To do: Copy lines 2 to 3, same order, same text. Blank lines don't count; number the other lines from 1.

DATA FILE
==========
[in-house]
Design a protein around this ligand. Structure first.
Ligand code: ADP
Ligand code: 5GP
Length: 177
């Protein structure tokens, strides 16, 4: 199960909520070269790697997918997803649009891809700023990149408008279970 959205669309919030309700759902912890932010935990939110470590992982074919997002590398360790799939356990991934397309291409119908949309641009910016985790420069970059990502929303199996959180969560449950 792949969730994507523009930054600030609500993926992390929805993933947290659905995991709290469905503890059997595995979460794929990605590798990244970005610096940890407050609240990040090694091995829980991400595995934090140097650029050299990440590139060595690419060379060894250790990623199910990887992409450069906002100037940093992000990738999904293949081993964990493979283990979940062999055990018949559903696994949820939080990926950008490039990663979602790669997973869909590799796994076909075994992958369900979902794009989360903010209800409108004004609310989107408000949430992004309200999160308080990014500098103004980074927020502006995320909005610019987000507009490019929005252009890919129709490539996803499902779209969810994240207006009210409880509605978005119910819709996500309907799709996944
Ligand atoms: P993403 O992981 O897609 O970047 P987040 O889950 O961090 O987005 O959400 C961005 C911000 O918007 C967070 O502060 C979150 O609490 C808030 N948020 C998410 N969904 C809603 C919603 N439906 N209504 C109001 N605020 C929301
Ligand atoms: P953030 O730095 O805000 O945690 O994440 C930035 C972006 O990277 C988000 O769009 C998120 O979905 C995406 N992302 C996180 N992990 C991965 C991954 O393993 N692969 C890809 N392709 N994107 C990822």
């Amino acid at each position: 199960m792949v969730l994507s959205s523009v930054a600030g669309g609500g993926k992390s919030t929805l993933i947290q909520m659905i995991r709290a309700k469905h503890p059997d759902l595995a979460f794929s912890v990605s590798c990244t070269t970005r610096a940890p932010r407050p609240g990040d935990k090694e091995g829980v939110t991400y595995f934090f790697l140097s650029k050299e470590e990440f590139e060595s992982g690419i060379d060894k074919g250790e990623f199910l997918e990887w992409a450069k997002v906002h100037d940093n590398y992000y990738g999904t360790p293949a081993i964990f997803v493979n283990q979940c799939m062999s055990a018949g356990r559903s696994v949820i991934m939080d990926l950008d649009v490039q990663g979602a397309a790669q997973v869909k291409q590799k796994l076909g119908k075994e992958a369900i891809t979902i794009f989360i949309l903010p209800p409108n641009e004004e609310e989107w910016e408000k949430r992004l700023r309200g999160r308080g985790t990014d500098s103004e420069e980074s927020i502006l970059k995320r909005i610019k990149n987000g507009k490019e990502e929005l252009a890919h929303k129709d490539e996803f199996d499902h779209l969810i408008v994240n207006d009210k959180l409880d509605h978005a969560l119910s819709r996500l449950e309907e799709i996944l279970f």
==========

Design a protein around this ligand. Structure first.
Ligand code: ADP